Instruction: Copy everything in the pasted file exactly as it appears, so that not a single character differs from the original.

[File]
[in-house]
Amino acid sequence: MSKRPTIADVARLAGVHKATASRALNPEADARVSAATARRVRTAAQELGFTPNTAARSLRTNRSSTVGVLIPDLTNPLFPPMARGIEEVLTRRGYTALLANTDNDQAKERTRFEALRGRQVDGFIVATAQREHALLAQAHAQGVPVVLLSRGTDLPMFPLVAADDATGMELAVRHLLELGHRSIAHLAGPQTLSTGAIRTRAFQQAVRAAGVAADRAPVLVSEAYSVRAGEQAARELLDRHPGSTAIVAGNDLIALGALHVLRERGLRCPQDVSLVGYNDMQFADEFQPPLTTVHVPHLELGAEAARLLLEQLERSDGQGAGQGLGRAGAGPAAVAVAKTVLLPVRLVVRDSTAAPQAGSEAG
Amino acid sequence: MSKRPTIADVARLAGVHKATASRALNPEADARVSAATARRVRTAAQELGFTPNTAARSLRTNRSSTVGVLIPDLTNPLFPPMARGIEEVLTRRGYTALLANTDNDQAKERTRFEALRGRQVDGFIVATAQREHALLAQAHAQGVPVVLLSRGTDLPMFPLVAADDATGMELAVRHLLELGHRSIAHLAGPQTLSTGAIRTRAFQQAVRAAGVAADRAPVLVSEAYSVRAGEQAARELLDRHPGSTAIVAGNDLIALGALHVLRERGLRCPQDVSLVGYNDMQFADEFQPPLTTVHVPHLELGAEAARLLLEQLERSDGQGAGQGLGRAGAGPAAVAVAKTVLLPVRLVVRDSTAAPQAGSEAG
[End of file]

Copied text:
[in-house]
Amino acid sequence: MSKRPTIADVARLAGVHKATASRALNPEADARVSAATARRVRTAAQELGFTPNTAARSLRTNRSSTVGVLIPDLTNPLFPPMARGIEEVLTRRGYTALLANTDNDQAKERTRFEALRGRQVDGFIVATAQREHALLAQAHAQGVPVVLLSRGTDLPMFPLVAADDATGMELAVRHLLELGHRSIAHLAGPQTLSTGAIRTRAFQQAVRAAGVAADRAPVLVSEAYSVRAGEQAARELLDRHPGSTAIVAGNDLIALGALHVLRERGLRCPQDVSLVGYNDMQFADEFQPPLTTVHVPHLELGAEAARLLLEQLERSDGQGAGQGLGRAGAGPAAVAVAKTVLLPVRLVVRDSTAAPQAGSEAG
Amino acid sequence: MSKRPTIADVARLAGVHKATASRALNPEADARVSAATARRVRTAAQELGFTPNTAARSLRTNRSSTVGVLIPDLTNPLFPPMARGIEEVLTRRGYTALLANTDNDQAKERTRFEALRGRQVDGFIVATAQREHALLAQAHAQGVPVVLLSRGTDLPMFPLVAADDATGMELAVRHLLELGHRSIAHLAGPQTLSTGAIRTRAFQQAVRAAGVAADRAPVLVSEAYSVRAGEQAARELLDRHPGSTAIVAGNDLIALGALHVLRERGLRCPQDVSLVGYNDMQFADEFQPPLTTVHVPHLELGAEAARLLLEQLERSDGQGAGQGLGRAGAGPAAVAVAKTVLLPVRLVVRDSTAAPQAGSEAG